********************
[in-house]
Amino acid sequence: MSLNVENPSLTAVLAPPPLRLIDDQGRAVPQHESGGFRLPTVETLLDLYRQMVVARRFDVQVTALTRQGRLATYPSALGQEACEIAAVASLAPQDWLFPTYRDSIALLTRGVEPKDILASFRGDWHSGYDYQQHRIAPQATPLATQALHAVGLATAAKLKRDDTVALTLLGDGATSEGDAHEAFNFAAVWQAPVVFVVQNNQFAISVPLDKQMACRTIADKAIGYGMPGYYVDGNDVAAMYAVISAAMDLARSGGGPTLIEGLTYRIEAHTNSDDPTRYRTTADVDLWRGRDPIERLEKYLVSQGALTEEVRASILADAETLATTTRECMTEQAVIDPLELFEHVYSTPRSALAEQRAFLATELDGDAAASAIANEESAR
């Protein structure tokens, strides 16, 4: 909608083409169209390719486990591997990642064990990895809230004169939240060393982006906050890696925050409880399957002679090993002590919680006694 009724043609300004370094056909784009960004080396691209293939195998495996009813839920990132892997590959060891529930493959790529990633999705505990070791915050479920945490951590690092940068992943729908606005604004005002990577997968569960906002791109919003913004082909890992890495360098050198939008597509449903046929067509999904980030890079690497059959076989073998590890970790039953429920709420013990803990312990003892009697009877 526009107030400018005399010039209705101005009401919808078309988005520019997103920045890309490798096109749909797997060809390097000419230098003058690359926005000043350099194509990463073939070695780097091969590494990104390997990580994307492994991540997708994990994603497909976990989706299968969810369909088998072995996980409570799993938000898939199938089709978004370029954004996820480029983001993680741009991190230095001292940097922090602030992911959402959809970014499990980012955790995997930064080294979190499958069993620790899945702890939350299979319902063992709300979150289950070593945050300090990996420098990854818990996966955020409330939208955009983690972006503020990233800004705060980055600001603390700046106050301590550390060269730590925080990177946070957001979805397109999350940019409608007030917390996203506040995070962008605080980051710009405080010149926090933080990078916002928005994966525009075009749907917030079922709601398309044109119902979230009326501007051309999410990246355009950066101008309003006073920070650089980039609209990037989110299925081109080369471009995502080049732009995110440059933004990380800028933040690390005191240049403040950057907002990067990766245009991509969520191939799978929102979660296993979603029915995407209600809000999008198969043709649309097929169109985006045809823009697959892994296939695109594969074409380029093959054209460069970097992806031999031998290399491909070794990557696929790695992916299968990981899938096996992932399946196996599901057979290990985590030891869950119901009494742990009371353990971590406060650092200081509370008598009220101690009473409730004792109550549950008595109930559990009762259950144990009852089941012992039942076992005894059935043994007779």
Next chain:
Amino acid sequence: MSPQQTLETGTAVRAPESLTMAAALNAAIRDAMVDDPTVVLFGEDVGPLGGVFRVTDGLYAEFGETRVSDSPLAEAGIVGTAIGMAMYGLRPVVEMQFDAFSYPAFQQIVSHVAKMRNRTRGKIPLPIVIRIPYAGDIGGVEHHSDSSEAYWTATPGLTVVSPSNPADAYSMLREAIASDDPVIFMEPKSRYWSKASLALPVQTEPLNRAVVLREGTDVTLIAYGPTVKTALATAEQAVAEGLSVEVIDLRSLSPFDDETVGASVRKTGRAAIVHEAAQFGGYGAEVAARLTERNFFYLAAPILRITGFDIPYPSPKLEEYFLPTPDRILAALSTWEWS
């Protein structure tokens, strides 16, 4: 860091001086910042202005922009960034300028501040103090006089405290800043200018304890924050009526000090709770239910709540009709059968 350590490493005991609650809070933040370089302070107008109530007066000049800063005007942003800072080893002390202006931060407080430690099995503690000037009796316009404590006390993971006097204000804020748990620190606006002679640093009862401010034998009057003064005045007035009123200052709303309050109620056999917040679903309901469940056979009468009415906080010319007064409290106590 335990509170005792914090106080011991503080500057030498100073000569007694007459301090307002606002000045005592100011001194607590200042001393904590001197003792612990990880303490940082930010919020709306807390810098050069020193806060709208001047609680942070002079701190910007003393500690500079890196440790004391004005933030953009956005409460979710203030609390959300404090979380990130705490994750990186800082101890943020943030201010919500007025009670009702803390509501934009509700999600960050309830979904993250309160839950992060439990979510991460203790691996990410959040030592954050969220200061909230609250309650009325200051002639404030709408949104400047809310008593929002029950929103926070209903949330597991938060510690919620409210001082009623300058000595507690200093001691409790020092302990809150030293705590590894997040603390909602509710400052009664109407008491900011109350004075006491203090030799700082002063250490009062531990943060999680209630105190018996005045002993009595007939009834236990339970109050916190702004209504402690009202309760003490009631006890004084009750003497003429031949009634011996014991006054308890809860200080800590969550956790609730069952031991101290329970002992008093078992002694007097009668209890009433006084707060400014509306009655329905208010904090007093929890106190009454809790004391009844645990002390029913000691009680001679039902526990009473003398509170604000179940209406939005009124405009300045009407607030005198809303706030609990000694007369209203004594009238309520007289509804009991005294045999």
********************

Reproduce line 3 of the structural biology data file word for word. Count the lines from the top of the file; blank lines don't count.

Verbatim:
């Protein structure tokens, strides 16, 4: 909608083409169209390719486990591997990642064990990895809230004169939240060393982006906050890696925050409880399957002679090993002590919680006694 009724043609300004370094056909784009960004080396691209293939195998495996009813839920990132892997590959060891529930493959790529990633999705505990070791915050479920945490951590690092940068992943729908606005604004005002990577997968569960906002791109919003913004082909890992890495360098050198939008597509449903046929067509999904980030890079690497059959076989073998590890970790039953429920709420013990803990312990003892009697009877 526009107030400018005399010039209705101005009401919808078309988005520019997103920045890309490798096109749909797997060809390097000419230098003058690359926005000043350099194509990463073939070695780097091969590494990104390997990580994307492994991540997708994990994603497909976990989706299968969810369909088998072995996980409570799993938000898939199938089709978004370029954004996820480029983001993680741009991190230095001292940097922090602030992911959402959809970014499990980012955790995997930064080294979190499958069993620790899945702890939350299979319902063992709300979150289950070593945050300090990996420098990854818990996966955020409330939208955009983690972006503020990233800004705060980055600001603390700046106050301590550390060269730590925080990177946070957001979805397109999350940019409608007030917390996203506040995070962008605080980051710009405080010149926090933080990078916002928005994966525009075009749907917030079922709601398309044109119902979230009326501007051309999410990246355009950066101008309003006073920070650089980039609209990037989110299925081109080369471009995502080049732009995110440059933004990380800028933040690390005191240049403040950057907002990067990766245009991509969520191939799978929102979660296993979603029915995407209600809000999008198969043709649309097929169109985006045809823009697959892994296939695109594969074409380029093959054209460069970097992806031999031998290399491909070794990557696929790695992916299968990981899938096996992932399946196996599901057979290990985590030891869950119901009494742990009371353990971590406060650092200081509370008598009220101690009473409730004792109550549950008595109930559990009762259950144990009852089941012992039942076992005894059935043994007779």